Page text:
Overriding Object#clone vs. Overriding Object#dup for Deep-Cloning

Hi.

Is there a community convention that specifies which of the two methods,
Object#clone and Object#dup, should be overridden for the purposes
of
deep-cloning?

On Stackoverflow, some say that clone should be overridden 1, while
others say that dup is the method to be overridden 2. So I suspect
that
there isn’t such a convention.

On Tue, Sep 18, 2012 at 9:20 PM, Yaser S. [email protected]
wrote:

Those answers are not good because in part they are just plain wrong.
There is no community convention either way that I am aware of.

My question for you would be: what do you need deep copying for? I
often find deep copy is a bit of a cargo cult approach: we simply grab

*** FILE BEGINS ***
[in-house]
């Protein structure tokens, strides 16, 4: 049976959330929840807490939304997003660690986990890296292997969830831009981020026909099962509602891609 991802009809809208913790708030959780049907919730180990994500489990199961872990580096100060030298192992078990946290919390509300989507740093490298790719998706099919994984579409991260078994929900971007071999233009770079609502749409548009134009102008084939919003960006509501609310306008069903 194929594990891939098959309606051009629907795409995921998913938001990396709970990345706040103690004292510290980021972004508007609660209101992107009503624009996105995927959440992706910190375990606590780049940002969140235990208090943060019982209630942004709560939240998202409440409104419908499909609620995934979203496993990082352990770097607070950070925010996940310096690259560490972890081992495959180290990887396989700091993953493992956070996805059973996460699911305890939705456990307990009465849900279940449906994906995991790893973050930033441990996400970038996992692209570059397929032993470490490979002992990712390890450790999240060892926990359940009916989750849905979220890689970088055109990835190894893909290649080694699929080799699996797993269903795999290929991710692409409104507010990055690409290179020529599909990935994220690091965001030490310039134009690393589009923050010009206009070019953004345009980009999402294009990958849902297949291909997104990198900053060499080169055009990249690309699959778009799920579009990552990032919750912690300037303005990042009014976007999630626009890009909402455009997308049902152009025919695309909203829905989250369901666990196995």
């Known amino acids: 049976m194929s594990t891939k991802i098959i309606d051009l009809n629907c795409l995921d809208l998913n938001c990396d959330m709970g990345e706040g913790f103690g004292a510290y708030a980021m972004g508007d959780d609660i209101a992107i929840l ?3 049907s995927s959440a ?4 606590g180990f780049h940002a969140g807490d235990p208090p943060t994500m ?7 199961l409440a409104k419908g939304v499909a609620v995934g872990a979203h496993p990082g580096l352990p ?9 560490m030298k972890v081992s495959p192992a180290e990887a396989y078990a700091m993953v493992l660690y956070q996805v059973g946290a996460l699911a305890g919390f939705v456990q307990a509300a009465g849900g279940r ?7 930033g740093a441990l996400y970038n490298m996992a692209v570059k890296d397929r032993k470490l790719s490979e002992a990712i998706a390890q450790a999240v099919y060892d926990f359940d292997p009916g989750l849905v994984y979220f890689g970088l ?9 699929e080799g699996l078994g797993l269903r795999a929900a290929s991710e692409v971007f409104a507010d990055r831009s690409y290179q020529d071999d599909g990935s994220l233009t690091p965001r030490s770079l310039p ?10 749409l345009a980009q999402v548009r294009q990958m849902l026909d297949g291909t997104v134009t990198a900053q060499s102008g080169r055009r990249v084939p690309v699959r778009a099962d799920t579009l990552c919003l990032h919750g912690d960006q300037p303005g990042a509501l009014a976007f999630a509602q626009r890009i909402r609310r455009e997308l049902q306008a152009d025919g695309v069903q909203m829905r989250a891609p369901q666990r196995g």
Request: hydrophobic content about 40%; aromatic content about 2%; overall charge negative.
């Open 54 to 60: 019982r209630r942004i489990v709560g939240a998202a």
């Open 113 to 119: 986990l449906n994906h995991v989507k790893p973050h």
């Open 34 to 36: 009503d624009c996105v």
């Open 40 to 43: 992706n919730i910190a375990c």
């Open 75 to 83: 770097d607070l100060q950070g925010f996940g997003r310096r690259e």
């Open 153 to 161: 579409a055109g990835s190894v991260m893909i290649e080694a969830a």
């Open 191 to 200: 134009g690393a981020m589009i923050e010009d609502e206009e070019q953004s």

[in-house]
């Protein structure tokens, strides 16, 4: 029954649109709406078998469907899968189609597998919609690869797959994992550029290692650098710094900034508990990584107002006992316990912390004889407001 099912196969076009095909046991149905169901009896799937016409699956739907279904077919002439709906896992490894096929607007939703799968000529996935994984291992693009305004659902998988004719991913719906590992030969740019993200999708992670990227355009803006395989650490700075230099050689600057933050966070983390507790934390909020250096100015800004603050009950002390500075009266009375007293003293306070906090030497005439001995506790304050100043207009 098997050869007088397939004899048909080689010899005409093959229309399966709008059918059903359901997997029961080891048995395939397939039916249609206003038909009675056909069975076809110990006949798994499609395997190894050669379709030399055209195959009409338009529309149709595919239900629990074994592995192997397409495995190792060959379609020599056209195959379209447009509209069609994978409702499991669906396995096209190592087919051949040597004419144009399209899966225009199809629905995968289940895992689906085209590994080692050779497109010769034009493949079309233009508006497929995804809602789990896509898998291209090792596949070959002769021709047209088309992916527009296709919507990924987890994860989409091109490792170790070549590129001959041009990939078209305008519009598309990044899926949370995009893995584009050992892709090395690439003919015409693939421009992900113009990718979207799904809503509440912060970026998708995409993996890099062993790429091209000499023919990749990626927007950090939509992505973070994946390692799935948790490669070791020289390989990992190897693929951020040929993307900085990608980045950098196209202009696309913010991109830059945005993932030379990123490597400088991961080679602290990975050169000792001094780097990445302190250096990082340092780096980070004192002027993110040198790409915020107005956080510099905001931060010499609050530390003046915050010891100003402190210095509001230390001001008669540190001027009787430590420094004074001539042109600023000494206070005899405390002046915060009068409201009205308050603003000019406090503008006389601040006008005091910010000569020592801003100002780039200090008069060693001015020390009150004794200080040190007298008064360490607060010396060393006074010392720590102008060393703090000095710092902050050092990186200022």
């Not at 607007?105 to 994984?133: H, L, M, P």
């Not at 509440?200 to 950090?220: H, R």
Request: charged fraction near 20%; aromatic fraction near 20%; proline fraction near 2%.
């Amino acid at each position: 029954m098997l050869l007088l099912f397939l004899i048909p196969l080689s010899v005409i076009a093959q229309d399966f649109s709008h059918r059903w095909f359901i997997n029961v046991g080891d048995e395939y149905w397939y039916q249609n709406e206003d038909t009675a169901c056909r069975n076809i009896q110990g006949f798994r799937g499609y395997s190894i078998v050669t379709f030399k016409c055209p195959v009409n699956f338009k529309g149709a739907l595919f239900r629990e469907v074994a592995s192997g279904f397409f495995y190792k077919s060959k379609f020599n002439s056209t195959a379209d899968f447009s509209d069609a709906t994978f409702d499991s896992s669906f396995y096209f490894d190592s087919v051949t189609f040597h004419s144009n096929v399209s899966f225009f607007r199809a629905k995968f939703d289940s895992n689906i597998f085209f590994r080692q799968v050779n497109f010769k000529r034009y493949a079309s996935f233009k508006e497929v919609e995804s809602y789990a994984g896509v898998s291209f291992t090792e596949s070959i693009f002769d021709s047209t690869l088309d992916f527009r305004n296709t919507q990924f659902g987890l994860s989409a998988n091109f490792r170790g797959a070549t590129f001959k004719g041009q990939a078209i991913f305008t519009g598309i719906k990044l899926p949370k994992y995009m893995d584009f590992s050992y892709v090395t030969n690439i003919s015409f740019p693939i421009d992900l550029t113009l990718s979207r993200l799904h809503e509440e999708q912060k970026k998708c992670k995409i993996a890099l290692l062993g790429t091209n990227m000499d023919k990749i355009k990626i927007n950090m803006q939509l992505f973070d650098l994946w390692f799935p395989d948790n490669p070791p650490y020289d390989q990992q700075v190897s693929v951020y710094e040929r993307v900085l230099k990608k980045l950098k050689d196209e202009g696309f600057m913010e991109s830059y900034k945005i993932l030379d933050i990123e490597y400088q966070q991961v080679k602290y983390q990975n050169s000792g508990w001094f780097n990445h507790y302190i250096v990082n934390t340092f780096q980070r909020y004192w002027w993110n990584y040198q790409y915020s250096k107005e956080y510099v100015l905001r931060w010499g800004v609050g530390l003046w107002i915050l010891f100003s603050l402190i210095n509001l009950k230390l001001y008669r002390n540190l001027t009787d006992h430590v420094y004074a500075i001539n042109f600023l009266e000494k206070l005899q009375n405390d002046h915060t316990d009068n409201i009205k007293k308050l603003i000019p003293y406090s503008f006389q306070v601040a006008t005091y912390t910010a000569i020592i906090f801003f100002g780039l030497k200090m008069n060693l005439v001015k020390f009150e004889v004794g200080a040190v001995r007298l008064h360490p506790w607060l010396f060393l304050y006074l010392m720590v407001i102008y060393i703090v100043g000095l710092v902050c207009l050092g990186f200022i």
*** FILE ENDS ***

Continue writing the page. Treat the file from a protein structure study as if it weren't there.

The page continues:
everything we can get so we are sure it’s ours. I have rarely - if at
all - felt the need for a deep copy; I usually prefer specific
functionality to handle state.

Kind regards

robert

both methods use internal an method called initialize_copy

so my opinion is to overwrite this method

@OP:

There is a dclone() method that is added to the Array class, by the
library file: “lib/rexml/xpath_parser.rb”

You could load that file, or steal the method definition for your own
custom Array subclass.

It is not a good idea to override Base class instance methods, but you
could if your code will not be released (used only internally.)

Changing base classes, in released packages, could interfere with other
packages. (Making users and other Ruby authors angry.)

General “rule of thumb”… if you can use a custom subclass, rather than
modifying a base class, than do so. (A must if your code runs within a
shared Ruby process where other authors code is also running, such as
Applications that run Ruby as an embedded scripting host.)

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